Review: SECRET EMPIRE #10 (SPOILERS)
By RUSSELL BERGER
Anyone who’s been following Marvel, or comics in general, should be relatively aware that SECRET EMPIRE is the latest spearhead for the company’s next “big” shift in its direction… GENERATIONS— or, uh, LEGACY. Well, whatever they plan on finally calling it, but either way it’s what blatantly looks to be their version of DC Comics’ REBIRTH. Now it’s no lie that I tend to lean more right (DC) on the comic book company aisle than left (Marvel,) but when it comes down to it, I want to read great comics that have a firm grasp and understanding of the characters they’re using, and that’s what the comic fan in me was hoping for out of SECRET EMPIRE #10.
Going into issue-10, we all knew that it was the end of the “event,” and that the LEGACY line would be spinning out of it. That being where Marvel puts their Golden Age characters like Logan/Wolverine, Tony Stark/Iron Man and Thor with their Next Gen versions; Laura Kinney/All-New Wolverine, Riri Williams/Ironheart and Jane Foster/Fem-Thor. Over the entire event, and even before when CAP spoke those jaw dropping words, “Hail Hydra,” I’ve been very critical of everything Marvel, and justly so. It was no different going into this final issue, as SECRET EMPIRE thus far had been a bit underwhelming.
Of course, the issue kicks off with Hydra-CAP donning his Iron Man-esque green-yellow armor with a star-shaped arc reactor — that was 99.9% cosmic cube — come face-to-face with the Avengers. See, one of my biggest pet peeves as a reader and even a writer is when a bad guy gives one of those monologue speeches to his/her protagonist, and just like clockwork, Hydra-CAP gives one trying to get the Avengers to join him. It was a million-times cliché. Having the antagonist (Hydra-CAP) trying to convince the protagonists (the Avengers) that their views and morality is all wrong and has always been while his and himself are actually right, and therefore they should join him. Of course it results in the complete opposite of what Hydra-CAP was going for, and the Avengers take it to him.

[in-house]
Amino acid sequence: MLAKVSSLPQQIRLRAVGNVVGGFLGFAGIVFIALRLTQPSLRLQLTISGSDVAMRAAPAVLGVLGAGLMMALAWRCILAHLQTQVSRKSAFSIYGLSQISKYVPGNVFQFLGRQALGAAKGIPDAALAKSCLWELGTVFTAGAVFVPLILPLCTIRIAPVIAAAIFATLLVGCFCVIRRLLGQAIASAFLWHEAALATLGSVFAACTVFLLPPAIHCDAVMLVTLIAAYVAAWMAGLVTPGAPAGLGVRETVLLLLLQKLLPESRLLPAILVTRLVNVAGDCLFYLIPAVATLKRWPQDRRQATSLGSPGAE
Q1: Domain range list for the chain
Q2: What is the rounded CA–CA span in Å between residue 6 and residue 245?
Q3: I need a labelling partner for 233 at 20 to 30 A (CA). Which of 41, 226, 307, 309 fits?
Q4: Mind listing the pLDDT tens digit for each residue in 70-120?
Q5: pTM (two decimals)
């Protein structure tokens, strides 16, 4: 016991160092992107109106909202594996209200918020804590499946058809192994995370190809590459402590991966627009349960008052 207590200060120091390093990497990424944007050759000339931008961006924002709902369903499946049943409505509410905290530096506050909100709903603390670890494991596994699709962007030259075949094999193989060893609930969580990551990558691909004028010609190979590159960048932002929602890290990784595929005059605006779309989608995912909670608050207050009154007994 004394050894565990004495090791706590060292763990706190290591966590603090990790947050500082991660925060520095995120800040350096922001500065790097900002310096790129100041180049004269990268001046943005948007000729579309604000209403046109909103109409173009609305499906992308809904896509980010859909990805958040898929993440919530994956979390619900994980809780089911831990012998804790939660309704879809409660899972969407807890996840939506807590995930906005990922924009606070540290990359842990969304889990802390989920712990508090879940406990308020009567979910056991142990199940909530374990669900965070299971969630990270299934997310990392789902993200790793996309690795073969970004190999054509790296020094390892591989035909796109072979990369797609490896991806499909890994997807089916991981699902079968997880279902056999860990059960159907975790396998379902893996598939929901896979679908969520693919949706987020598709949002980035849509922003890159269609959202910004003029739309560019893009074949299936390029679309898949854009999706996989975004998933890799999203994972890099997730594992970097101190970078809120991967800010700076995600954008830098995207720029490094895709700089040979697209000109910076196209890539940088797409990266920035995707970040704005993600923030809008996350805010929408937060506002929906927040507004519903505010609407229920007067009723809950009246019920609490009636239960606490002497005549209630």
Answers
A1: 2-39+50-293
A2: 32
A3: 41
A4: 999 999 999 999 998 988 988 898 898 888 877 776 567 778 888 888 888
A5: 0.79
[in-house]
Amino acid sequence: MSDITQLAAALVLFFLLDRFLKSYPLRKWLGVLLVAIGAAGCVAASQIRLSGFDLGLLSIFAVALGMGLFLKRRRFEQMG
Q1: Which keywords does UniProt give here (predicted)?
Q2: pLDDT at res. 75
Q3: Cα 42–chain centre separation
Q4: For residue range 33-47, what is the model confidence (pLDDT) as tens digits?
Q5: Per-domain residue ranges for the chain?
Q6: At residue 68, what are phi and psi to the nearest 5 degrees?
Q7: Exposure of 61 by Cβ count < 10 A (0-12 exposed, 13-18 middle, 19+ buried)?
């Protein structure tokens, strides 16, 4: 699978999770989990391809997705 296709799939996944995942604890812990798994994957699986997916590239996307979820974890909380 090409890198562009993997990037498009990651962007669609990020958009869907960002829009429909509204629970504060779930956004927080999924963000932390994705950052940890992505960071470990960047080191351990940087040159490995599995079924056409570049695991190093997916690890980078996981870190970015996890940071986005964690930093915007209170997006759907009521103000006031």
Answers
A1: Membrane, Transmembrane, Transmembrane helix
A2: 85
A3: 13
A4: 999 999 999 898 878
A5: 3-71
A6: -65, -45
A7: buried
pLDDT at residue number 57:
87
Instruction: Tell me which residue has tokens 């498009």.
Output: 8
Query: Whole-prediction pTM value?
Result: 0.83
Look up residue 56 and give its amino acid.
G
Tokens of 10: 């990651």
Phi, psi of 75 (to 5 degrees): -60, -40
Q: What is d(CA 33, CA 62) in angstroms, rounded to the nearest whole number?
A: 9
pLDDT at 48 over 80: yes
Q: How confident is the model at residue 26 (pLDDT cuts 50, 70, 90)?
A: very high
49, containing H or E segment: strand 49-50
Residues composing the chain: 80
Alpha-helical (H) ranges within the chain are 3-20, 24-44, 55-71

And again, we get another predictable outcome as the Avengers are nothing compared to this cosmic cube heart wielding Hydra-Cap.
I understand that every massive event needs a massive-level foe, and this one’s was Hydra-CAP. Of course it plays into the current political times as there’s white supremacist and neo-Nazis rallying in Charlottesville not too long ago, and there’s a [small] portion of the country who feels the only acceptable course of action, is action. Though, despite the running parallels, there was an overwhelming feel of forcing through the entire issue. There wasn’t much subtlety to the storytelling, and it just leant to an overall vibe that they had run out of time to tell the story they wanted, which gave us SECRET EMPIRE #10.
I don’t know if that’s what happened, that they had to wrap up what they were doing in order to meet the release of LEGACY, but if it did, it’s a shame. There was definite potential to the idea that was behind the story, and because the story seemed rushed to finish, it was wasted for me.
There were some bits of the issue that I liked, and one of those was the imagery that they recreated.
The one panel (shown above) that jumped out to me the most was where [Steve] McNiven recreated the iconic CIVIL WAR shot of Iron Man and CAP, but with Hydra-CAP and CAP. It’s clear that panel has truly become the symbolism of polar opposite ideologies meeting head-to-head; where in CIVIL WAR it was Privacy v Security and here in SECRET EMPIRE, Freedom v Fascism. It also fitting that CAP is the only certainty in it, as this issue made point of, “And you fight. Stand– And fight. Stand– And fight. Until you cannot stand any longer.” It’s a founding principle of this country, that no matter what we’ll continue to get up and fight for what’s right until we can’t anymore. That reinforcement of CAP being Marvel’s true symbol of America was satisfying since for the last year we’ve been getting a bit of the opposite. *COUGH* Nazi CAP *COUGH*
Outside of political symbolism, and touches of great art, SECRET EMPIRE felt lackluster to me. Ending with almost everything fixed at a whim, it shows that they’ve thrown out true repercussions. And for an event that’s purpose was to shift the direction of where Marvel is headed, it lacked a north star to navigate by, and ironically felt directionless. I give SECRET EMPIRE #10 a sub par 2.5 out of 5.